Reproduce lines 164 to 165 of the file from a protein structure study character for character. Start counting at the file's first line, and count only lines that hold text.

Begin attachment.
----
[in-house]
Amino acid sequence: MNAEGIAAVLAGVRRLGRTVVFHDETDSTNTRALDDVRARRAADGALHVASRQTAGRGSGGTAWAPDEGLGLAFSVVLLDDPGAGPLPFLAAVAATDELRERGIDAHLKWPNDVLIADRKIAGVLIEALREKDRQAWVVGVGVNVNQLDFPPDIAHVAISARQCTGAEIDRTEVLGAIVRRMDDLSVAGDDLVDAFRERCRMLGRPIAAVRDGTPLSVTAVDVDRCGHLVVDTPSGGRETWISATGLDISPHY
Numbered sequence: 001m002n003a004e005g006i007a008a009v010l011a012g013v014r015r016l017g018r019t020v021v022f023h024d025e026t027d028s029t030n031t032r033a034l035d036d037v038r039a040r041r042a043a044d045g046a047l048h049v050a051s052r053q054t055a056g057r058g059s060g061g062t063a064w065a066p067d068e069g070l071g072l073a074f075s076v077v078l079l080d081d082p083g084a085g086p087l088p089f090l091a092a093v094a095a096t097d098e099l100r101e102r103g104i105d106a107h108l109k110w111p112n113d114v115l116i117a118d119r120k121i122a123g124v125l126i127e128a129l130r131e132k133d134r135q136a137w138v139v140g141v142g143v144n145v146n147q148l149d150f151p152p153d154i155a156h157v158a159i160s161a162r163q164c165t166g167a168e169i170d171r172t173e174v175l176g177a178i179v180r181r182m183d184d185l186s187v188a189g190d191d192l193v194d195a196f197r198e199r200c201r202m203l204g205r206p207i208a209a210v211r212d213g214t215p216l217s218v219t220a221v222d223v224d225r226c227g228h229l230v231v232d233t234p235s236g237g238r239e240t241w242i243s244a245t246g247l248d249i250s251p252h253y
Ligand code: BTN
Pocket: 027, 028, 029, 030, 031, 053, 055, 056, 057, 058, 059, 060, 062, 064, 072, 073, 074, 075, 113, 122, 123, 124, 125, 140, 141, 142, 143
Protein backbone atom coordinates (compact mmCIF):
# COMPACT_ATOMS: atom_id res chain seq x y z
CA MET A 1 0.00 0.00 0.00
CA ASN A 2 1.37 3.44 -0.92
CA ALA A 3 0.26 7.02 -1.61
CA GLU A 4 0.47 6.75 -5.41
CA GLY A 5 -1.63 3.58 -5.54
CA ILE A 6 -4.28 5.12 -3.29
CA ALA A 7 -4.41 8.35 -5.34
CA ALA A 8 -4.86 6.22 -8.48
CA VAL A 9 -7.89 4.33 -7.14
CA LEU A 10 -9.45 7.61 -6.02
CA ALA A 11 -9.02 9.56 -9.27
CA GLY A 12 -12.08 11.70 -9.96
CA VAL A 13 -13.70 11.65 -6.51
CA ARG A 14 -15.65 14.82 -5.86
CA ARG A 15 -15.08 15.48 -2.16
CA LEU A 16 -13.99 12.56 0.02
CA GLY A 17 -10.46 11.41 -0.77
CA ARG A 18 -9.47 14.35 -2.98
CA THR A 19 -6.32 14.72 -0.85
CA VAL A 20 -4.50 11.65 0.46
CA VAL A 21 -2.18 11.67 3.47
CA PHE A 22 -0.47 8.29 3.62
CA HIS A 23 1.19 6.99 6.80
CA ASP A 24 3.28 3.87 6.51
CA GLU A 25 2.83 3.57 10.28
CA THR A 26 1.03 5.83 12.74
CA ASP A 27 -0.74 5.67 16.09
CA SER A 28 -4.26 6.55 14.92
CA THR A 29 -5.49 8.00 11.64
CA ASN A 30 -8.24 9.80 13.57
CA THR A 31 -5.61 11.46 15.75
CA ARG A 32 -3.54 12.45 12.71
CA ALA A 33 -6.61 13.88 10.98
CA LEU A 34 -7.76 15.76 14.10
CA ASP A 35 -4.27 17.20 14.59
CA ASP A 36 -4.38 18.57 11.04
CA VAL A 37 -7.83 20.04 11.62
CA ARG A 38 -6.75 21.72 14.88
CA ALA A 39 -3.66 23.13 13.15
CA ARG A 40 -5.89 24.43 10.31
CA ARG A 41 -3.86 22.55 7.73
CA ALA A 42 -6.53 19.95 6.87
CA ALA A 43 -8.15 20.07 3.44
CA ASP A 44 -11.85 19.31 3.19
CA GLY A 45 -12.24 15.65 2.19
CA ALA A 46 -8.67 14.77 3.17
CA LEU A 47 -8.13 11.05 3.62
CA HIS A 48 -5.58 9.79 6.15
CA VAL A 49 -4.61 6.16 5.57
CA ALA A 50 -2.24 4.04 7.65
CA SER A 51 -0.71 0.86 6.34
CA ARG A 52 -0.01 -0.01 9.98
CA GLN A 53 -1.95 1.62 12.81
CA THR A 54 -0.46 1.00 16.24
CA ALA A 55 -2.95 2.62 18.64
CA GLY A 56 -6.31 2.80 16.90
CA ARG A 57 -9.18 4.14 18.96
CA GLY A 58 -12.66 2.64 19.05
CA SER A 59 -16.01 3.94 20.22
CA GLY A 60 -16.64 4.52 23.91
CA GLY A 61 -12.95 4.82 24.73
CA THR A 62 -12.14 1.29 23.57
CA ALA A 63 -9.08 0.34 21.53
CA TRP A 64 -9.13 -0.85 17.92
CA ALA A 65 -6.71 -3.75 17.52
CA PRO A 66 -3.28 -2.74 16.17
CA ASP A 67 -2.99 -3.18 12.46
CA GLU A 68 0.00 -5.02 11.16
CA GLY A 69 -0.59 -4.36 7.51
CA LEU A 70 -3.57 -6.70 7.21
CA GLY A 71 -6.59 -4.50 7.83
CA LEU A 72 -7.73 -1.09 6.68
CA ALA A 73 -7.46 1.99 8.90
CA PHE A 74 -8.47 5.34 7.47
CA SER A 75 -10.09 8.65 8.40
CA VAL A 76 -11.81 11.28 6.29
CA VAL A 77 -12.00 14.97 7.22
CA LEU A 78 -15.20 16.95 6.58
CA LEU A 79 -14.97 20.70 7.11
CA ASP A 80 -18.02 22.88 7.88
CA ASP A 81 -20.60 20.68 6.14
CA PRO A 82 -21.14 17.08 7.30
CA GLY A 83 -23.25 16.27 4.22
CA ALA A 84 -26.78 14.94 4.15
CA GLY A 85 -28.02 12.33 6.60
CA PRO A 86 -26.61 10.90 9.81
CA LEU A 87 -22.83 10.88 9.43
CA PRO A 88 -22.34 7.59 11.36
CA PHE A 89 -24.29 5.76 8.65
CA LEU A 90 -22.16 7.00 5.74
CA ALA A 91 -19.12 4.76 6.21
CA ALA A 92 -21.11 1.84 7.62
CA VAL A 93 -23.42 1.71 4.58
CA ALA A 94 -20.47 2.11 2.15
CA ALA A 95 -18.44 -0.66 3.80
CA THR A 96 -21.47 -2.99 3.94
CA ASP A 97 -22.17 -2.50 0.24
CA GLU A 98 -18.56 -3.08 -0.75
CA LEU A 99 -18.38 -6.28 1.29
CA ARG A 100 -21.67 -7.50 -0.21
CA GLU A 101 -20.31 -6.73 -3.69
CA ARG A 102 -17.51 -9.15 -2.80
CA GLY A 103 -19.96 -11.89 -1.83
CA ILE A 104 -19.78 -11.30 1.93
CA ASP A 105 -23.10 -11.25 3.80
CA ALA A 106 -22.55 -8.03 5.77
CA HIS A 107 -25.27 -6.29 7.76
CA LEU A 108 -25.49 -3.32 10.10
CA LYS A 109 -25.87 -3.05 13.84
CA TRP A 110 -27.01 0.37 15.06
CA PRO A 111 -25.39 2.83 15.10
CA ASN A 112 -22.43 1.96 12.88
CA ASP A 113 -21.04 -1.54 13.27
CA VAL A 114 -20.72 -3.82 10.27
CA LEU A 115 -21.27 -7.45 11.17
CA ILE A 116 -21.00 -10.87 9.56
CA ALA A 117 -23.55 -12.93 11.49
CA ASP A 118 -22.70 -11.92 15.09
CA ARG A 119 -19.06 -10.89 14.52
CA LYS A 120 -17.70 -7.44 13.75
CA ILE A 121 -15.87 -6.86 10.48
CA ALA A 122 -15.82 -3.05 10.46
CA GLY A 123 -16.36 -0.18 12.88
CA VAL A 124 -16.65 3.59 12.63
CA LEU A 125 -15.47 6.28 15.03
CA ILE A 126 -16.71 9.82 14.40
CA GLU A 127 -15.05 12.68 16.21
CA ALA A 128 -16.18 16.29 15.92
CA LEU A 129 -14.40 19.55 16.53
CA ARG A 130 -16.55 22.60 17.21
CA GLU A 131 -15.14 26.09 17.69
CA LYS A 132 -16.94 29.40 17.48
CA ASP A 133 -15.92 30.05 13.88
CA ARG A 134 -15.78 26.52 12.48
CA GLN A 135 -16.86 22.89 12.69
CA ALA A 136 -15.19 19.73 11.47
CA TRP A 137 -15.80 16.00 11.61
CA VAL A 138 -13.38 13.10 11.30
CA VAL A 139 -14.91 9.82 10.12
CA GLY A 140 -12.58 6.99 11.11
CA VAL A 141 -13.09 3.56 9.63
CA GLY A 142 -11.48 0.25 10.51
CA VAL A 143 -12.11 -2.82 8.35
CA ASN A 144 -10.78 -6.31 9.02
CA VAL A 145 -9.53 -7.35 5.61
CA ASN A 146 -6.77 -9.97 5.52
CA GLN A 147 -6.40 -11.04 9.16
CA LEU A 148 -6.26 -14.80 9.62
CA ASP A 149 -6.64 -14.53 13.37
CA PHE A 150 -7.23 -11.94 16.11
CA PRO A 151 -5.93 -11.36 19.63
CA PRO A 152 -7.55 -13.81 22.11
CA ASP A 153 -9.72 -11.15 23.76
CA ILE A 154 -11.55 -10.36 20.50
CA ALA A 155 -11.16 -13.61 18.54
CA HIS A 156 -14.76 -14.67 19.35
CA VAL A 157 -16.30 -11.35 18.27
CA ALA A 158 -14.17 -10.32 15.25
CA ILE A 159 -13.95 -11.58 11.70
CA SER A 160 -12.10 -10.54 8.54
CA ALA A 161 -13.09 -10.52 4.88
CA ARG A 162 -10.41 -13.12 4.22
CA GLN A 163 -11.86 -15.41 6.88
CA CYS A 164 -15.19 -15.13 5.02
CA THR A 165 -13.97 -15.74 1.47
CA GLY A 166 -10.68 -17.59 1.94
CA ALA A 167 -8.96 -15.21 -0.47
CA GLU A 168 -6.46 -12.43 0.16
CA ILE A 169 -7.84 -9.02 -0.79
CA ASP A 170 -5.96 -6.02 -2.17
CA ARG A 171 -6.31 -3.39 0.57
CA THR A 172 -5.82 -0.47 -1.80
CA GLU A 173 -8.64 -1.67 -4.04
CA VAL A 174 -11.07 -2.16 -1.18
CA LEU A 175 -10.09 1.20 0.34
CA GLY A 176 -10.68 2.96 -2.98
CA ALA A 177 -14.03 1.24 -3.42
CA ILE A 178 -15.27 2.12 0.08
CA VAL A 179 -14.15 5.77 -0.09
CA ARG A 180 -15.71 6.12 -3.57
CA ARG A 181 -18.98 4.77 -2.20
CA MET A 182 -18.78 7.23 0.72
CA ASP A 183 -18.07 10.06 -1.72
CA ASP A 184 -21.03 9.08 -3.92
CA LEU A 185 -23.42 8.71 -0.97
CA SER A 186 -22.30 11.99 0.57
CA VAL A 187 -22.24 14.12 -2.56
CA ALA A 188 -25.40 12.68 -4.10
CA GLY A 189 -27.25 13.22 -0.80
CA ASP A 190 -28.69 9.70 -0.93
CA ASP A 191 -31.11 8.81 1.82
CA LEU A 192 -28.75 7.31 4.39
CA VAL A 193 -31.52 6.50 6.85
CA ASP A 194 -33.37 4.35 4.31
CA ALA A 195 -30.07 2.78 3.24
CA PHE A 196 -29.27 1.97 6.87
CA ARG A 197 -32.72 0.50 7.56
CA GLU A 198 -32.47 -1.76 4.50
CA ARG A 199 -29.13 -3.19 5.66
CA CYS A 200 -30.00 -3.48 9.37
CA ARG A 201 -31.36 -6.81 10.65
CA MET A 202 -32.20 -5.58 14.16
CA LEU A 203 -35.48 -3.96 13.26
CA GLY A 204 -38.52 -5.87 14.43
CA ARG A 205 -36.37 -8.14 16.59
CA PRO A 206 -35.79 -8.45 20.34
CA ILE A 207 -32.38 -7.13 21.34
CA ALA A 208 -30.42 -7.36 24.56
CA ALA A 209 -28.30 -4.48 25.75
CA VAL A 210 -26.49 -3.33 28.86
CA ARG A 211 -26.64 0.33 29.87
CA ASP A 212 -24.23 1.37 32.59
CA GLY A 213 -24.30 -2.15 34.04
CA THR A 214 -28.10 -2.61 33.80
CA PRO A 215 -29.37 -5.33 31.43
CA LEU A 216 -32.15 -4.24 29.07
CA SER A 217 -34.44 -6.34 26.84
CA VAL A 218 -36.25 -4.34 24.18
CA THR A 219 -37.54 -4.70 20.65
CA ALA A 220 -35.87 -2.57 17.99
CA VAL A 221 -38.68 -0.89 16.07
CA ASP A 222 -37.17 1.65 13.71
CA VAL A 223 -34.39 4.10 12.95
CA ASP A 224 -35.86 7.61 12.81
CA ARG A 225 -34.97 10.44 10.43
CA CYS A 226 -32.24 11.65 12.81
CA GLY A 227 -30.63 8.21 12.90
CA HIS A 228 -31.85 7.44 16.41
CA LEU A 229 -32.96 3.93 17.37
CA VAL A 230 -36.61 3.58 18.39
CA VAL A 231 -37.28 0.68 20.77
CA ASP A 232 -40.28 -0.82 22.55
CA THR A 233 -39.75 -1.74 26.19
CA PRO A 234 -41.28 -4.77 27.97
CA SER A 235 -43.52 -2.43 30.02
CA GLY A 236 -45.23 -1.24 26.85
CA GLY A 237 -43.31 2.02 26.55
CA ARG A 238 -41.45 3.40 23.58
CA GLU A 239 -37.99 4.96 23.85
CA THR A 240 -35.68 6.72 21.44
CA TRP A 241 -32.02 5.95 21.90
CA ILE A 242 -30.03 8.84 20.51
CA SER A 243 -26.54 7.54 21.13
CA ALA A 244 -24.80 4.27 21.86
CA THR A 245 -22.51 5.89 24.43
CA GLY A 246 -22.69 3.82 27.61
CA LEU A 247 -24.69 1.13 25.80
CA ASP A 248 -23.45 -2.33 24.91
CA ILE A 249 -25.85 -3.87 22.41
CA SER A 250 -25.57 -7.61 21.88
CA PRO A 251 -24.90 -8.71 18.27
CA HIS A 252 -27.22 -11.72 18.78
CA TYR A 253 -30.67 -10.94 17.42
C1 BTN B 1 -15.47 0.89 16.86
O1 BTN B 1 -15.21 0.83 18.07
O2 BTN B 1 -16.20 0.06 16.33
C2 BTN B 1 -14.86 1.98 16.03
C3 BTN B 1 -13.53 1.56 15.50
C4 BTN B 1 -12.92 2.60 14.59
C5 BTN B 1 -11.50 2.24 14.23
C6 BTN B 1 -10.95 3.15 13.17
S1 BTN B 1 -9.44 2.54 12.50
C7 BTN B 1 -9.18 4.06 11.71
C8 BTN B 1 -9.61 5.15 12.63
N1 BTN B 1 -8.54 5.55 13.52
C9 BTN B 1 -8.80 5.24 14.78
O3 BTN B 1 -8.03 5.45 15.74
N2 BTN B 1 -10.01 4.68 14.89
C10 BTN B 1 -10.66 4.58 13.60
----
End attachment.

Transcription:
CA VAL A 157 -16.30 -11.35 18.27
CA ALA A 158 -14.17 -10.32 15.25